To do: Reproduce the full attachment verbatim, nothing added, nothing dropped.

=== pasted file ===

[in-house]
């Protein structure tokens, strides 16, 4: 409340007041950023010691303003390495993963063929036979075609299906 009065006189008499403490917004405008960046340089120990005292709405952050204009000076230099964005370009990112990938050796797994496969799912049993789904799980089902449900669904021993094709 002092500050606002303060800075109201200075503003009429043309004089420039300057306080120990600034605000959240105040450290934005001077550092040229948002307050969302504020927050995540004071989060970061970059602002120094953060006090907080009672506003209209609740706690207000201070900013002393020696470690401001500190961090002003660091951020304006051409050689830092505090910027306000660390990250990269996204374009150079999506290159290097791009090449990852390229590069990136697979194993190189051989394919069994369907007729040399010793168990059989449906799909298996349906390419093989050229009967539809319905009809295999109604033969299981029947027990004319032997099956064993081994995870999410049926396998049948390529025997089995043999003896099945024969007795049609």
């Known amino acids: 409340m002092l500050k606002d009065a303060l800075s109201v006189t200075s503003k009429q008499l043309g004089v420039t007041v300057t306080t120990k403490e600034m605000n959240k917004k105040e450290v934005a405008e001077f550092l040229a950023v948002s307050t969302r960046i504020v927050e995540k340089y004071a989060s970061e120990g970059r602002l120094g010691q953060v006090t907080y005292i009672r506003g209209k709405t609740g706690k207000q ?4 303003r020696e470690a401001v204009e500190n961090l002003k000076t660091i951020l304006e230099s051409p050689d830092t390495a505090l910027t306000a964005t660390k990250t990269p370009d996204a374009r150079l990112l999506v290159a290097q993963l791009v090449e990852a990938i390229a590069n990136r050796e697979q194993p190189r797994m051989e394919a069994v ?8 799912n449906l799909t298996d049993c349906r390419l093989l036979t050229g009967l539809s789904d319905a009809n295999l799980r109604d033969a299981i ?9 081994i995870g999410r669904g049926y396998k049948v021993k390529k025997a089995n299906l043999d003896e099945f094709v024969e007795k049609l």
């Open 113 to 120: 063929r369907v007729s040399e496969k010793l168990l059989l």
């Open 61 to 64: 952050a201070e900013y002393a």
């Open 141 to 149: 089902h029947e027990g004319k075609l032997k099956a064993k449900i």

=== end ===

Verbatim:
[in-house]
């Protein structure tokens, strides 16, 4: 409340007041950023010691303003390495993963063929036979075609299906 009065006189008499403490917004405008960046340089120990005292709405952050204009000076230099964005370009990112990938050796797994496969799912049993789904799980089902449900669904021993094709 002092500050606002303060800075109201200075503003009429043309004089420039300057306080120990600034605000959240105040450290934005001077550092040229948002307050969302504020927050995540004071989060970061970059602002120094953060006090907080009672506003209209609740706690207000201070900013002393020696470690401001500190961090002003660091951020304006051409050689830092505090910027306000660390990250990269996204374009150079999506290159290097791009090449990852390229590069990136697979194993190189051989394919069994369907007729040399010793168990059989449906799909298996349906390419093989050229009967539809319905009809295999109604033969299981029947027990004319032997099956064993081994995870999410049926396998049948390529025997089995043999003896099945024969007795049609």
């Known amino acids: 409340m002092l500050k606002d009065a303060l800075s109201v006189t200075s503003k009429q008499l043309g004089v420039t007041v300057t306080t120990k403490e600034m605000n959240k917004k105040e450290v934005a405008e001077f550092l040229a950023v948002s307050t969302r960046i504020v927050e995540k340089y004071a989060s970061e120990g970059r602002l120094g010691q953060v006090t907080y005292i009672r506003g209209k709405t609740g706690k207000q ?4 303003r020696e470690a401001v204009e500190n961090l002003k000076t660091i951020l304006e230099s051409p050689d830092t390495a505090l910027t306000a964005t660390k990250t990269p370009d996204a374009r150079l990112l999506v290159a290097q993963l791009v090449e990852a990938i390229a590069n990136r050796e697979q194993p190189r797994m051989e394919a069994v ?8 799912n449906l799909t298996d049993c349906r390419l093989l036979t050229g009967l539809s789904d319905a009809n295999l799980r109604d033969a299981i ?9 081994i995870g999410r669904g049926y396998k049948v021993k390529k025997a089995n299906l043999d003896e099945f094709v024969e007795k049609l």
């Open 113 to 120: 063929r369907v007729s040399e496969k010793l168990l059989l």
């Open 61 to 64: 952050a201070e900013y002393a």
């Open 141 to 149: 089902h029947e027990g004319k075609l032997k099956a064993k449900i």